Dutch news in brief, 19 September 2008
Find out what’s the latest news in the Netherlands in the roundup of today’s press from Radio Netherlands.19 September 2008
Moroccan interference angers Dutch government
An allegation that members of the Moroccan embassy in the Netherlands recruited at least one police officer is a major story in today's papers.
De Volkskrant writes that Moroccan interference with Dutch affairs has angered the government. Parliament will hold an emergency debate on the issue next week.
On Thursday it was reported that this summer Morocco recalled two diplomats who were allegedly involved in the recruitment under pressure from the Dutch Foreign Ministry. Although the incident occurred earlier this year it was only reported in the Dutch press this week.
De Telegraaf reports that another police officer of Moroccan origin was dismissed early this year after the Dutch secret service described him as a security risk.
In an editorial, the paper writes: "The espionage affair comes at the same time of serious incidents in various neighbourhoods involving Moroccan youths."
The paper says the authorities must take emergency measures because the situation is "unacceptable".
"To solve these problems, the Netherlands and Morocco must have a relationship based on trust."
Parliament confronts Wilders
Trouw writes that "for the past year and a half MPs have been attempting to debate with Freedom Party leader Geert Wilders. Yesterday they changed their tune."
The leader of the Democratic faction in parliament Alexander Pechtold called him an extremist with racist stories. GreenLeft parliamentary leader Femke Halsema said the initials of his Freedom Party, FP, mean no more than 'Foreigner-bashing Platform'. VVD leader Mark Rutte says he "no longer has any need to listen to Wilders' scratched record".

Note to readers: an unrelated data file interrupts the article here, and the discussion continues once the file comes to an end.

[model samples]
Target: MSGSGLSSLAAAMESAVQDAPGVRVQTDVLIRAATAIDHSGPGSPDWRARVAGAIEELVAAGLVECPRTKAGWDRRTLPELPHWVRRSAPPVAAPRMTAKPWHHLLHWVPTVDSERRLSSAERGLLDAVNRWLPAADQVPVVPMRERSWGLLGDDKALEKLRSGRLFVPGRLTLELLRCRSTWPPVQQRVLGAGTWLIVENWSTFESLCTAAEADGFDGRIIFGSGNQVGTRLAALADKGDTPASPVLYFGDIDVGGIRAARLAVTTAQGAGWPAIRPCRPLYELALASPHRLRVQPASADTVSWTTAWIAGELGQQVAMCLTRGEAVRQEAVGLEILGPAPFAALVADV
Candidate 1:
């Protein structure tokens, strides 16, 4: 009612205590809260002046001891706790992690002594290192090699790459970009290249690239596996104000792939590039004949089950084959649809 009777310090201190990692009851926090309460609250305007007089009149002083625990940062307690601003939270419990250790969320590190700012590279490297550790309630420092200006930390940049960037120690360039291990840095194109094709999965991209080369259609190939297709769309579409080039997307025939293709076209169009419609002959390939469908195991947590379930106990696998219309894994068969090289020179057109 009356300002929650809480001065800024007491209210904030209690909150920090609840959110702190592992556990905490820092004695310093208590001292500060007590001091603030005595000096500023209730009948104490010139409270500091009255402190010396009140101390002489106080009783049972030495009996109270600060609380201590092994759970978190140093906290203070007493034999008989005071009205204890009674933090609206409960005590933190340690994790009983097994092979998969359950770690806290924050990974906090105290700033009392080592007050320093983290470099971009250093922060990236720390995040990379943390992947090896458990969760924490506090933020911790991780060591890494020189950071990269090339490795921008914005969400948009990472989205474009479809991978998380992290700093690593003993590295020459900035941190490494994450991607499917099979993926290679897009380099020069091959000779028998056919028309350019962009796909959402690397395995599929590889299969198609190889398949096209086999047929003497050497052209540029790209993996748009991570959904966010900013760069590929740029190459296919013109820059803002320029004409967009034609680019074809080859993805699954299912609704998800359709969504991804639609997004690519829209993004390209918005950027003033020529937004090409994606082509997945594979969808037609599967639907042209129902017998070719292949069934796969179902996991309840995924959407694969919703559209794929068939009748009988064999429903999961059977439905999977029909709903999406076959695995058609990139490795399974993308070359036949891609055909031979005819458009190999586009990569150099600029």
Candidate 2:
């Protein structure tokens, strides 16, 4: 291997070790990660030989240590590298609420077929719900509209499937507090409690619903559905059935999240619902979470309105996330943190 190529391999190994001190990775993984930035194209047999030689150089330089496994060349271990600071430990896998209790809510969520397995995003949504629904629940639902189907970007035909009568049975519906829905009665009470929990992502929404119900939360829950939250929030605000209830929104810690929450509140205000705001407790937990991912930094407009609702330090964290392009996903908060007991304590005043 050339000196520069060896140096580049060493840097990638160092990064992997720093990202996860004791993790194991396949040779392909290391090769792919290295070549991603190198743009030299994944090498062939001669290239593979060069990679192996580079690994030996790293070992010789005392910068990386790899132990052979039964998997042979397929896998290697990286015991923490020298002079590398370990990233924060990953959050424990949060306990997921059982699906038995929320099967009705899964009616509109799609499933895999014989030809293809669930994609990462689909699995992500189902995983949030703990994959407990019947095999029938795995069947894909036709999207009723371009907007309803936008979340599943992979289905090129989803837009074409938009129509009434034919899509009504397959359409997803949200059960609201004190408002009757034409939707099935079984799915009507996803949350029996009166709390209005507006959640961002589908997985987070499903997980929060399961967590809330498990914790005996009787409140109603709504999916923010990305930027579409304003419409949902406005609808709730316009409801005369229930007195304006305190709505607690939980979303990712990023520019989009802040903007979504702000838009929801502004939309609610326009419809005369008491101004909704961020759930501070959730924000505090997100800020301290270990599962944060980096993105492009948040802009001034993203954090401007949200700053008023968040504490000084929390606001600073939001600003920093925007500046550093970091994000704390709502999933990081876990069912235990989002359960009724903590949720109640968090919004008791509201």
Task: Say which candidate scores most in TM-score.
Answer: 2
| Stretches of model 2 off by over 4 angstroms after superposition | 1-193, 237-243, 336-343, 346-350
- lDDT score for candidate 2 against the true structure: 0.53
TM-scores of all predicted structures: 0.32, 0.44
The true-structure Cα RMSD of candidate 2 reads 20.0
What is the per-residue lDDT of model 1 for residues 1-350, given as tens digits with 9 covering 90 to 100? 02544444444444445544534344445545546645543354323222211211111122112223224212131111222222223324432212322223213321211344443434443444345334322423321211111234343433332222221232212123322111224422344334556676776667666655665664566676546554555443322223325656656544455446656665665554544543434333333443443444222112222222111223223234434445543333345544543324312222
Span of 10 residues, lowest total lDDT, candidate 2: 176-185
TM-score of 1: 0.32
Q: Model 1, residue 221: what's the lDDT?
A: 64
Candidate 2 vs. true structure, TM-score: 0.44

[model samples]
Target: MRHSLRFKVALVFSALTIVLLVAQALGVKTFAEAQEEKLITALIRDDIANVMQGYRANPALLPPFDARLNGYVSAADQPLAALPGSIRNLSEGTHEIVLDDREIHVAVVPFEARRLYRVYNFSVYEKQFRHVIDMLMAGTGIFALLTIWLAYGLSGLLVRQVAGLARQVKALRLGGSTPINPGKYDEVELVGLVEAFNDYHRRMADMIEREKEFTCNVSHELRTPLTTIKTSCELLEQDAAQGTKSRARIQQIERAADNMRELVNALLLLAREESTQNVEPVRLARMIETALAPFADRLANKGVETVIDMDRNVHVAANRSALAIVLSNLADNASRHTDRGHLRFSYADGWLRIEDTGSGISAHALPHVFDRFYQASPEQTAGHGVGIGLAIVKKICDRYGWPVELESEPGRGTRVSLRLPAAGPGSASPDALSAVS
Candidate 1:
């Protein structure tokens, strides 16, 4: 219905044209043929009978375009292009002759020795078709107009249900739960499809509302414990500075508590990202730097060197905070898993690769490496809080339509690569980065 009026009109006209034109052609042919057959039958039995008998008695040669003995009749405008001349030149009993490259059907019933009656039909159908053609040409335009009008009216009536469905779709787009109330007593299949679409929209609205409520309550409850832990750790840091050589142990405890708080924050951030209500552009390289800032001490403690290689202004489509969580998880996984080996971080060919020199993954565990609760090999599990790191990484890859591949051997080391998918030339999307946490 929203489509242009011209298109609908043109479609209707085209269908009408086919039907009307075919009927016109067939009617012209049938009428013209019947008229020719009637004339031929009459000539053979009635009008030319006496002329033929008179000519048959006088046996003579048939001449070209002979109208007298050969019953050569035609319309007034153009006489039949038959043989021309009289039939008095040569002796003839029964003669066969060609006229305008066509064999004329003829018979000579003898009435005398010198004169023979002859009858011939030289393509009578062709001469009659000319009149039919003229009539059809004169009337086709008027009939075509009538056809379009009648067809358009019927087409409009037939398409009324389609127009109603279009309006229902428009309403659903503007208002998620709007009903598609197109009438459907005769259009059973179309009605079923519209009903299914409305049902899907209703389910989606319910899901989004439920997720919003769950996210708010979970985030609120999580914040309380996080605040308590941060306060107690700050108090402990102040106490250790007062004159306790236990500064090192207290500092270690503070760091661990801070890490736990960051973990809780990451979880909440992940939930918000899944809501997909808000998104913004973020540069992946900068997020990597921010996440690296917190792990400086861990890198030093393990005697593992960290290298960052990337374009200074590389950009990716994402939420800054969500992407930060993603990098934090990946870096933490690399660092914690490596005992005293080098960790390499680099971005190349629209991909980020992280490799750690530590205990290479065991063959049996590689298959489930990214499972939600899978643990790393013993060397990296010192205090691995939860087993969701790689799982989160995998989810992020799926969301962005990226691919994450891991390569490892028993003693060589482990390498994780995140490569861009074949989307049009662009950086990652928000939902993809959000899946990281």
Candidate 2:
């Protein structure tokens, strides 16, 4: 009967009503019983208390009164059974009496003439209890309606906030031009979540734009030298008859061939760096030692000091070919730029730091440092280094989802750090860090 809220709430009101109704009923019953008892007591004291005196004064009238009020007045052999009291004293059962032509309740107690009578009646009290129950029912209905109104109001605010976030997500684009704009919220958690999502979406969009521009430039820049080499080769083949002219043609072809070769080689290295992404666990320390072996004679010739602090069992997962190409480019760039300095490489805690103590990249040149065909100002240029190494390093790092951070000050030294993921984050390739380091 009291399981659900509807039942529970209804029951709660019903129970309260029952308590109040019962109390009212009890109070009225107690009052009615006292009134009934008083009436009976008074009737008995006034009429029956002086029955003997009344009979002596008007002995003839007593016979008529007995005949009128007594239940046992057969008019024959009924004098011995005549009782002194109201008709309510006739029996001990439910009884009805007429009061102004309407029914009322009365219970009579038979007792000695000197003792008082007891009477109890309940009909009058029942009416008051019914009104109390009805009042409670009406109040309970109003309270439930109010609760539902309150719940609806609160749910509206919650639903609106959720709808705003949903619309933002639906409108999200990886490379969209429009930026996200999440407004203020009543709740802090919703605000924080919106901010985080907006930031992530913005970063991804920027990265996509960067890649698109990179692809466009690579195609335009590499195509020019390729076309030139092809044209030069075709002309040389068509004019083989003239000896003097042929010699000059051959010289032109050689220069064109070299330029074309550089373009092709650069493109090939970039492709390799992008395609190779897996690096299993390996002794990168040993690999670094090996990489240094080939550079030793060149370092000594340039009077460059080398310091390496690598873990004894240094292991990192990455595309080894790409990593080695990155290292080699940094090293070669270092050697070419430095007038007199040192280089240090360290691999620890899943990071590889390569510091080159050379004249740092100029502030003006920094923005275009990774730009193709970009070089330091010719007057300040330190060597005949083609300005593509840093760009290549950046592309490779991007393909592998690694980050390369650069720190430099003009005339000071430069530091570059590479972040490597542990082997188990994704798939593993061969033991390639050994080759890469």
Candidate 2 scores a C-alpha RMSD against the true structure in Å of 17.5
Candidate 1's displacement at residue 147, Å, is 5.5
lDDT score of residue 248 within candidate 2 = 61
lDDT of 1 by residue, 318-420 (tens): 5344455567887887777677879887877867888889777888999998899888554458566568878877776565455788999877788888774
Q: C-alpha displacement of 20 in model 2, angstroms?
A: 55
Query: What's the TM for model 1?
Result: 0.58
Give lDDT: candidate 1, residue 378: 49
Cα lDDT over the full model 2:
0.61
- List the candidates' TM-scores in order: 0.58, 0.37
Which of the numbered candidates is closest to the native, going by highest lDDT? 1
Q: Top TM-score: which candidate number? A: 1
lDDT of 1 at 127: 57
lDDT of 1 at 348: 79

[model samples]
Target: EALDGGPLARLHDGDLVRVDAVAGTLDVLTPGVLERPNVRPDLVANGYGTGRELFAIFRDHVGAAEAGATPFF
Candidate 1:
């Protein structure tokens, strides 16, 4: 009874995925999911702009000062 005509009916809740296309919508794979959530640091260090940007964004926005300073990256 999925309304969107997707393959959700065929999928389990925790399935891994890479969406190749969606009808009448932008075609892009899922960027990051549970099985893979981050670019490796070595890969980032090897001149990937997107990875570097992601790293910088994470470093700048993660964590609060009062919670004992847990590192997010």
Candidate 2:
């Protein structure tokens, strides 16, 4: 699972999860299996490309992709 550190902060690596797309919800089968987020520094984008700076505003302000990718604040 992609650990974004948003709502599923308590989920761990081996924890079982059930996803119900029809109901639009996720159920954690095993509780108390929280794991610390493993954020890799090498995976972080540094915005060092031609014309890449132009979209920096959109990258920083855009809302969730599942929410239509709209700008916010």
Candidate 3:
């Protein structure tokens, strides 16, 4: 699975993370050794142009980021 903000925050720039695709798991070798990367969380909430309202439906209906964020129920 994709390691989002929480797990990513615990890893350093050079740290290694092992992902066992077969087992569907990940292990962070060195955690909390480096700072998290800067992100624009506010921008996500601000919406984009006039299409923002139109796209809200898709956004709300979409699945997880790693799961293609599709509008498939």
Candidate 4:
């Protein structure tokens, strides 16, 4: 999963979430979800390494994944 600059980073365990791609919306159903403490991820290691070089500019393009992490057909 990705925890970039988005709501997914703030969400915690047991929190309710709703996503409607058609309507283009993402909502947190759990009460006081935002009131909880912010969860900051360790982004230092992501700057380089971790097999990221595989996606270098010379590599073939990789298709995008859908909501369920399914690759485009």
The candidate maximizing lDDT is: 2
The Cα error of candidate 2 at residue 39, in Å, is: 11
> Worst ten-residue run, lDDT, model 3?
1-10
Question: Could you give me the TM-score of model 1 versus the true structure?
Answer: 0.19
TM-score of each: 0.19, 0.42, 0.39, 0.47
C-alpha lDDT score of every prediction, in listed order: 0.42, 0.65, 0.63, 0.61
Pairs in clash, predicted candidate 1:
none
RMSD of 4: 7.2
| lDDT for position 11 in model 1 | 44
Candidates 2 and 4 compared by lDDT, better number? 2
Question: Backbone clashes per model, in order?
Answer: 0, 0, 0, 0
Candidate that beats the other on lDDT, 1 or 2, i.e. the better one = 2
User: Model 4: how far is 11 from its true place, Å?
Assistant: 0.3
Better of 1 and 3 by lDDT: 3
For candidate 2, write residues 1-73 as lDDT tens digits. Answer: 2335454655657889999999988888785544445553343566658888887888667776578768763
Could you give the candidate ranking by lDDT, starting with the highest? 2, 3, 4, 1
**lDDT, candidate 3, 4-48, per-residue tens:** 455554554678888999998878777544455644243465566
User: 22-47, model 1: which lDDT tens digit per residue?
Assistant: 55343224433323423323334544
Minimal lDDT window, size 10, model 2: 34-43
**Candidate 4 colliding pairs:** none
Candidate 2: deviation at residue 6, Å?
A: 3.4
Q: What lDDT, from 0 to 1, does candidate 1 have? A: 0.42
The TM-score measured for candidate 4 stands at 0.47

Trouw writes that in Wilders' latest "scratched record" tirade, he told Prime Minister Jan Peter Balkenende that if someone smashed his home to smithereens he would also "throw him out of the house".
The Freedom Party leader proposed withdrawing the Dutch army from Afghanistan so that it could "accompany Moroccan criminals to Schiphol Airport. Then we'll put their passports in the shredder and put them on a plane."
The usually calm prime minister responded emotionally at first. He berated Wilders for "driving one group into a corner".
Explosive increase in people charged
In an interview with NRC Handelsblad, lawyer Jan Boone, who has practised law for 35 years, says in recent years there has been an explosive increase in the number of people charged with crimes on the basis of anonymous and unverifiable accusations.
He says the practice of calling telephone numbers where one can "report crime anonymously" has been accepted by everyone, "even the Bar".
"Everyone can say the most terrible things about you," he says. Also, people's lives can be ruined without them being able to defend themselves.
Around 80,000 people called to inform on someone in 2007. More than a quarter of the calls were followed up. The anonymous charges led to 1,111 arrests.
Writer reads to people lying in bed
De Telegraaf reports how a nearly broke writer has found a new market.
"What was born out of necessity is now shooting like a literary rocket." As a professional writer, David de Poel "has a chronic lack of money". "That comes with the trade. Life is getting more expensive all the time. I had to come up with something, preferably along the lines of what I write about in my books so that I could also expand my readership."
De Poel now reads out loud to people lying in bed, before they go to sleep - "for a small fee of EUR 50 for half an hour". The author says life is becoming more impersonal.
"Cashiers are fired and everything is done by machine. Purchasing tickets, you name it. I think people miss having contact and companionship. Reading aloud is part of this."
Responding to a comment about the bedroom being an intimate place, De Poel laughs and says: "I admit that there are some exciting moments. A week ago the door was opened by a scarcely-clad woman with a loose dressing gown. A librarian! But I don't do anything. I'm a professional."
[Radio Netherlands / Frank Scimone / Expatica]